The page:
Managing a Run To Waste (RTW) hydroponic crop from a nutritional perspective


Today it’s very common to create hydroponic crops using techniques where nutrient solution is not recycled. This type of crop, commonly called drain-to-waste (DTW) or run-to-waste (RTW) offers the advantage of having a very cheap setup – since no recirculation is used – with the big disadvantage that nutrient control becomes harder as there is no constant feedback of how the plants are affecting the nutrient solution. Today I want to talk about the main differences between a RTW crop and a recirculating crop and how nutrient management needs to be done in order to be effective in RTW setups.

One of the most important difference between both crop types is the substrate. In a RTW crop you want the substrate to have a much higher capacity for water retention since you want to irrigate less frequently and ensure the plants are in contact with nutrient solution as much as possible without having aeration problems and a lot of run-off. Having a lot of run-off means wasting more nutrients in a RTW setup so you want to have a media that can minimize this. This means having a media like peat moss or coco coir where water retention can be very substantial.

The problem with the above is of course salt accumulation within the media. If you irrigate the plants with a full strength nutrient solution and you irrigate when the level of moisture descends then this is both because the plants have absorbed water and the solution has evaporated to some extent. This means that the next time you irrigate your total amount of salts will be the amount from your current irrigation plus the amount accumulated in the media. This can quickly turn into a very problematic situation where the plants are subjected to extremely high conductivity levels.

This is why run-off monitoring is key in RTW setups. You usually want to water your plants enough to allow for some run-off – usually 10-20% of the plant container’s volume – so that you can perform measurements of pH and EC over that run-off. This is why it’s so important to have the plants over trays where run-off can be collected as measuring the run-off is very important to ensure that your plants are receiving adequate nutrition. Measuring the run-off of every plant is impractical so collecting the solution from many plants in a single tray and then measuring that output is a lot easier. Alternatively – if you cannot place the plants on trays – you can use a suction lysemeter to take out solution from a few plants after watering to monitor conditions around their root zone.

In a RTW setup your run-off will always tend to be more concentrated than your input – this is normal – but you want to have conductivities in your run-off no more than 30% greater than your input concentration. If this is the case you should do plain water irrigation until your run-off has at least the same conductivity as your originally desired input. When you water with plain water also make sure you adjust the pH of the water to the value you desire. One of the lead causes of bad results in RTW setups is to have salinity build-ups that cause nutrient lock out simply due to a general lack of run-off monitoring. In general if watering using conductivities close to or above 2 mS/cm plain waterings should be done once for around each 1 or 2 nutrient solution feedings.

The pH is also very important. Depending on your media your pH can change substantially between your input and your run-off but in general you want your output pH to be as close to the desired pH as possible. You can compensate a bit by changing the pH of your input solution – for example if your run-off pH drops you can increase the pH of your input solution – but never increase your input pH above 6.5 or below 5.5. Some media like peat can acidify solutions a lot with time, in these cases it’s very important to pretreat the media to avoid these problems with output pH. A strongly buffered input solution can also help in these cases. Before starting your crop always test the run-off pH/EC of the media without plants to ensure you can make any needed treatments before you actually start your crop.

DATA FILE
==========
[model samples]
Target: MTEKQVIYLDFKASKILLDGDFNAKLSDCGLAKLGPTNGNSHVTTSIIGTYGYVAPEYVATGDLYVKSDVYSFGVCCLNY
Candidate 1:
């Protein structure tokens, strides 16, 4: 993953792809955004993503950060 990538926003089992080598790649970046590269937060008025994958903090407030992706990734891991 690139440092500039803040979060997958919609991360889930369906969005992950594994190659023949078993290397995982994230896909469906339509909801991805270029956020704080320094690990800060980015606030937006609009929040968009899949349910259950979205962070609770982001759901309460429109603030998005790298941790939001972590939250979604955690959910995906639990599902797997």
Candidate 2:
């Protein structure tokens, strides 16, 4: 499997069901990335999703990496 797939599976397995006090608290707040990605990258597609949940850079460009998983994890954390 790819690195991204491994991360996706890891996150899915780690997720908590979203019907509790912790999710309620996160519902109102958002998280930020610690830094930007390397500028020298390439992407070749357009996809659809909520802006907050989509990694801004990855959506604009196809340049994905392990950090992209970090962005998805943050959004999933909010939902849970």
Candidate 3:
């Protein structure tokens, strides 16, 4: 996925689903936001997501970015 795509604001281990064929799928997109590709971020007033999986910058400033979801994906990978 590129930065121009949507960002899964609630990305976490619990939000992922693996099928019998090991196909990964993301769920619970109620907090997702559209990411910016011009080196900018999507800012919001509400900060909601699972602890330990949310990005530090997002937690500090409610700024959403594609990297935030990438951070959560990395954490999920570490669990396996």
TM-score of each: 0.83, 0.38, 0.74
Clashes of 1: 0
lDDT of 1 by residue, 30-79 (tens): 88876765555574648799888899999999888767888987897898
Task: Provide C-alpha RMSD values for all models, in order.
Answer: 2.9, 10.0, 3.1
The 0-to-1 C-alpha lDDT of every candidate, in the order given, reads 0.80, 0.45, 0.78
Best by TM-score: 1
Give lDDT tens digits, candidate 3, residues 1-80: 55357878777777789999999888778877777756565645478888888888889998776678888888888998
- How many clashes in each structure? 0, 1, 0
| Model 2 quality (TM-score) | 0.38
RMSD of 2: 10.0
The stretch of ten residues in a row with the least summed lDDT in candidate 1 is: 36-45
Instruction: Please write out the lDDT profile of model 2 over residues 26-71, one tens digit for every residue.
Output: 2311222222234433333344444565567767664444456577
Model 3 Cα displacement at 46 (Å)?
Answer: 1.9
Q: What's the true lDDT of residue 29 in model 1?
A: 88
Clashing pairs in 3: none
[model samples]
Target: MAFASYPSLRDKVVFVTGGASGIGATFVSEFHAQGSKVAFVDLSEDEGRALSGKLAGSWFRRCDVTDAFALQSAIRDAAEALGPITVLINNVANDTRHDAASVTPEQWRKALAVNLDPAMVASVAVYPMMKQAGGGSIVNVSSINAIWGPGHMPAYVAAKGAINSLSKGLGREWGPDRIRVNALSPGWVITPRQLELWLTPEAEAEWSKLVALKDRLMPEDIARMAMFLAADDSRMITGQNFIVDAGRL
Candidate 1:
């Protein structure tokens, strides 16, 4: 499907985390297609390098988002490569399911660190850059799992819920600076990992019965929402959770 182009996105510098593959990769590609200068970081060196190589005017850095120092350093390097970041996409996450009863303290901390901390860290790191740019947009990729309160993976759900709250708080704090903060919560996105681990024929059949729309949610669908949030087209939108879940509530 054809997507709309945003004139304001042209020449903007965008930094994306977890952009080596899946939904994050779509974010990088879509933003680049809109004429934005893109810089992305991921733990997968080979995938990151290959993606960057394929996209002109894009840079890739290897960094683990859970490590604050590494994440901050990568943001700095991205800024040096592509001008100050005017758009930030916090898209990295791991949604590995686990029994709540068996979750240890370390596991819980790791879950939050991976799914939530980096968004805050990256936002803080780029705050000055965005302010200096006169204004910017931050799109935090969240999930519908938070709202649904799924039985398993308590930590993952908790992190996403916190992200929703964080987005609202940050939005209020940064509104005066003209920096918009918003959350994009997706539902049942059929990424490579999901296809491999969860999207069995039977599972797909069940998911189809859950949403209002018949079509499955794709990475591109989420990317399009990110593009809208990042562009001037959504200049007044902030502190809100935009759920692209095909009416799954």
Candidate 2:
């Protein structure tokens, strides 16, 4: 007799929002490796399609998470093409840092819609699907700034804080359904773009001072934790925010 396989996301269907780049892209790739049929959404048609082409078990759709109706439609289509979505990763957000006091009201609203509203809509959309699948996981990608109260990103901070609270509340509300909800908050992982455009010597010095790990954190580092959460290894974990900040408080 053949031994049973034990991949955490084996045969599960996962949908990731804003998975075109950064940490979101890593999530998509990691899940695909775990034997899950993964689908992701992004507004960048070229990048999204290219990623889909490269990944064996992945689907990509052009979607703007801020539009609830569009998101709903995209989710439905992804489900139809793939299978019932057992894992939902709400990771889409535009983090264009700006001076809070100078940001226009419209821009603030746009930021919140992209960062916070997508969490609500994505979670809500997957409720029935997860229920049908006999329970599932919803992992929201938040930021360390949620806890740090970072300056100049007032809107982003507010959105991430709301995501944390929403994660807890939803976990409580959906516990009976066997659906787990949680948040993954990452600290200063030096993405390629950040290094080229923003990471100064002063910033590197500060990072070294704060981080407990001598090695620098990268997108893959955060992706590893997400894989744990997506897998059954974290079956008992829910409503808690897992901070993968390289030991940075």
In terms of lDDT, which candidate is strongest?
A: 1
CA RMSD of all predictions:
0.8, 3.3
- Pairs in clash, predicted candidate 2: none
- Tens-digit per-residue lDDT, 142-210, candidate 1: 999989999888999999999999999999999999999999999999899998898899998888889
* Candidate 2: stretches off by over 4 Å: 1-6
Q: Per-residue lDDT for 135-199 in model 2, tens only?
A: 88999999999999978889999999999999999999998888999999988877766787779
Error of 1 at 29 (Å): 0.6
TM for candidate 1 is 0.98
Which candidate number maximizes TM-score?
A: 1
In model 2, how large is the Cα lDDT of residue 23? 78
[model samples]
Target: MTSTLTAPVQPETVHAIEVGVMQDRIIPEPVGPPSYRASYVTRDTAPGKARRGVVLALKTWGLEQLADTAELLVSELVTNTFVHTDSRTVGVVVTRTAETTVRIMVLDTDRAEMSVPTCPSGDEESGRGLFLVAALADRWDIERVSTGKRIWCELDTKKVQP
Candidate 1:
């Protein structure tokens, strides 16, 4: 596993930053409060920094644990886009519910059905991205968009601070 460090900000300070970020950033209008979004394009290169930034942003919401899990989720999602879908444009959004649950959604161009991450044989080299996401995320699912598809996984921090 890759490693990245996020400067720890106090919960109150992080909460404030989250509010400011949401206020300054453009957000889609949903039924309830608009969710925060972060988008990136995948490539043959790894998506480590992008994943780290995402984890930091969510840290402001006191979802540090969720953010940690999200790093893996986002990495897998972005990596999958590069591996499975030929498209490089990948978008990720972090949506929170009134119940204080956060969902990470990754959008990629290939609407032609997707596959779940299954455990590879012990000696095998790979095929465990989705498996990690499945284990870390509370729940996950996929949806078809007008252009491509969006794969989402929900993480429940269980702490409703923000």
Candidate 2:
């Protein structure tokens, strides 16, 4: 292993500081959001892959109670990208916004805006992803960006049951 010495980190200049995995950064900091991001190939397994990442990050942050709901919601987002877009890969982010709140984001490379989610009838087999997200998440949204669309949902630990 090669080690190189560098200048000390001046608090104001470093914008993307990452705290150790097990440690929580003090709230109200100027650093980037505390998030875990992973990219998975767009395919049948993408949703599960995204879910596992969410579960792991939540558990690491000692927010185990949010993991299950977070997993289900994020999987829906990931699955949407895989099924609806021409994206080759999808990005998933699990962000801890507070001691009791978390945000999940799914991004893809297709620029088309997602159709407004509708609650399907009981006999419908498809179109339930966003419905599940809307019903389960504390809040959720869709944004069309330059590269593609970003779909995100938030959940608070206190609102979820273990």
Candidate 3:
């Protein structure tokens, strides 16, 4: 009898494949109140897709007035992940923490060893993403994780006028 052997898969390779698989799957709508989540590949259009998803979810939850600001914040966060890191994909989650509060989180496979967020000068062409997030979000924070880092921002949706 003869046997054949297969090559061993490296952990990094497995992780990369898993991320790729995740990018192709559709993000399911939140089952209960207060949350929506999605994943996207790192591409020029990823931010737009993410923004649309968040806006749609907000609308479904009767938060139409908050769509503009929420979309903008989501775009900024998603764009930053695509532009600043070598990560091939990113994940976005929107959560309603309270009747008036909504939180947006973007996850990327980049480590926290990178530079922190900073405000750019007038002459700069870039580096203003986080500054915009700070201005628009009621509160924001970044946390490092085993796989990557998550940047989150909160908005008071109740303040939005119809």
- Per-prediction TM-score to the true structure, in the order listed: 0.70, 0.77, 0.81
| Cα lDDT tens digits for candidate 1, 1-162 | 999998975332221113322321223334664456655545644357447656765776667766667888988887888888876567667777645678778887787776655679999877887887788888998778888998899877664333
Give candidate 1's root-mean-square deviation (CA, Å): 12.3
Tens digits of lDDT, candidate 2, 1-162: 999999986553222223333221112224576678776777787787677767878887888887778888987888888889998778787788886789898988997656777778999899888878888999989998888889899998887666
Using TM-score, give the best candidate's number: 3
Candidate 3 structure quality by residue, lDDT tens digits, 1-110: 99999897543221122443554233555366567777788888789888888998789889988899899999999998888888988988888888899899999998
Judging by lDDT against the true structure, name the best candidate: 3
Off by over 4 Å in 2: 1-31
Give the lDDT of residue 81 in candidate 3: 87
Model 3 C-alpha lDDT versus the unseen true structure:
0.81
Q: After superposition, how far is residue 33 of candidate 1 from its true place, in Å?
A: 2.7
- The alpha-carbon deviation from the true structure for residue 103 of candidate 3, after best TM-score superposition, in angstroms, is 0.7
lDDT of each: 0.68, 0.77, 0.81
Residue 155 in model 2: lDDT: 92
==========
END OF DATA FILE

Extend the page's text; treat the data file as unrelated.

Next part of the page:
The key to successful RTW setups from a nutritional perspective is run-off monitoring. Once you start monitoring your outputs you will see how your plants respond to your input solution and you’ll be able to better control the plants’ root zone environment. Of course these issues are all eliminated by recirculating setups since in that case the nutrient solution returns to the tank and there is a constant feedback of how the plants are affecting the solution. This can make recirculating setups much better at giving higher yields.


1 Comment

  • August 9, 2019 @ 6:22 am

    Hi good article. I use coco coir drain to waste. If the runoff ec goes higher because of evaporation and the plants drinking more water, can i just increase the waterings so the ec stays near the input? Or would it be not the best to find a ec target where the plants use ec and water at the same ratio?

    Lets say i was feeding at 2.0ec and the runoff starts to climb to 2.4-2.6 or higher i would use more waterings to bring the ec down because i would flush more often and the ec would go down and the plants always have fresh nutrients and water so the ec stays more stable.

    Or i would lower the ec to around 1.5-1.7 and the runoff ec would be the same as what i put into?
    Sorry for my bad english

Leave a Reply

Your email address will not be published.

Subscribe Today!
Receive our FREE blog post updates and monthly newsletter
Thanks for signing up. You must confirm your email address before we can send you. Please check your email and follow the instructions.
We respect your privacy. Your information is safe and will never be shared.
Don't miss out. Subscribe today.
WordPress Popup Plugin